Georg Philipp TELEMANN (1681-1767)
GSO Consort/Gudrun Sidonie Otto (soprano)
rec. live, 2015, Schinkelsaal, Gesellschaftshaus, Magdeburg, Germany
Texts and translations included
CPO 555 091-2 [70:40]
Our picture of music life in past centuries is inevitably one-sided. Parts of the repertoire performed centuries ago escape our attention because it was never written down and the subject of constant change. That goes in particular for folk music. Another important aspect of music life was the religious music sung in the homes of the faithful. From the Reformation of the 16th century onwards, many hymn books and other collections of religious music were printed throughout Europe. Most of the hymns are for one voice, without accompaniment, and are therefore not suitable for inclusion in concert programmes or on disc. Sometimes they were the subject of harmonisations or were published with an accompaniment for a single instrument or basso continuo. Examples are the so-called Schemellis Gesangbuch, to which Johann Sebastian Bach contributed, and the collection of chorale harmonisations which his son Carl Philipp Emanuel published after Bach's death. However, even these are only sporadically taken into account when performers put together their concert programmes or prepare a CD recording.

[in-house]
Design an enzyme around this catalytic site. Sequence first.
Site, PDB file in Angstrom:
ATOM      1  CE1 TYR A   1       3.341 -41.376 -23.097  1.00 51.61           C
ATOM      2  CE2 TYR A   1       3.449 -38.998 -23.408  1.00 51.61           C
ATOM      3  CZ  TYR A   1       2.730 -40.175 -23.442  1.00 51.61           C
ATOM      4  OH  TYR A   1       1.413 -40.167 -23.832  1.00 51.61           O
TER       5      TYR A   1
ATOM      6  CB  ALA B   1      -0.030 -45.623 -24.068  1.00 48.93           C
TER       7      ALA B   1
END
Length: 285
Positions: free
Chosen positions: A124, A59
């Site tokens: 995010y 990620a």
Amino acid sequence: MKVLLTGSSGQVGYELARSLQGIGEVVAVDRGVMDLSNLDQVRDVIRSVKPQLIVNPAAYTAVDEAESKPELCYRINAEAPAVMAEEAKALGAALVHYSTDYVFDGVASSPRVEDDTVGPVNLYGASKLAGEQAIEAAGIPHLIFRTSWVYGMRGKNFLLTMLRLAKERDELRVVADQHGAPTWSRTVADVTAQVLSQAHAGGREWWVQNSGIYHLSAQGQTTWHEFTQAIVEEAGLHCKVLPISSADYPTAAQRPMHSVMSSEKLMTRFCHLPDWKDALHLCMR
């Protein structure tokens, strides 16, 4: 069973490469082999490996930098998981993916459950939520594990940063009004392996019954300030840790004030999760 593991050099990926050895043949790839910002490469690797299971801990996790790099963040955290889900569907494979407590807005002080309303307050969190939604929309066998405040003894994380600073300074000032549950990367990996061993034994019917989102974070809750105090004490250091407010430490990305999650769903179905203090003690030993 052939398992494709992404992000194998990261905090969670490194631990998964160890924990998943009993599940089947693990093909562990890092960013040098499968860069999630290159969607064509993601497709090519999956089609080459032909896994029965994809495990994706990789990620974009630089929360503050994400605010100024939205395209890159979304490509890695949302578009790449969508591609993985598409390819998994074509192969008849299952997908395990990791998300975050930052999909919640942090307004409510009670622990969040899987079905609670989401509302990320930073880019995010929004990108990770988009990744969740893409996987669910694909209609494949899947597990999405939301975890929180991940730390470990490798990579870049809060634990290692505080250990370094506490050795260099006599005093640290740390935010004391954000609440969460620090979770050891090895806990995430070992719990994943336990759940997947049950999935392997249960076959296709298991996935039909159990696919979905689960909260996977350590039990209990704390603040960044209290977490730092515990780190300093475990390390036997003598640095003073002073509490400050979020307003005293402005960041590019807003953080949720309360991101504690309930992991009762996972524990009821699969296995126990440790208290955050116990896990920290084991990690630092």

The present disc sheds light on a little-known part of Georg Philipp Telemann's oeuvre. In 1726/27, he published a collection of sacred cantatas for use both church and domestic use, under the title of Harmonischer Gottesdienst. These are scored for either a high (soprano/tenor) or middle (mezzo-soprano/baritone) voice, a melody instrument (two instruments in the second volume) and basso continuo. They are pretty well-known and currently the whole collection is being recorded by Bergen Barokk for Toccata Classics. In 1727, Telemann published another collection of sacred pieces, this time exclusively for home use, under the title (translated): "Extract of those musical arias, based on the standard gospels, which were performed in Hamburg's principal churches in the liturgical year 1726–27". The arias are selected from cantatas which were commonly scored for four voices, instruments and basso continuo. For this collection, Telemann selected two arias for every Sunday and feast day, and scored them for a high or a middle voice and basso continuo. As most of the original arias included parts for melody instruments, he had to arrange them in such a way that the main elements which contributed to the expression of the text, were kept intact.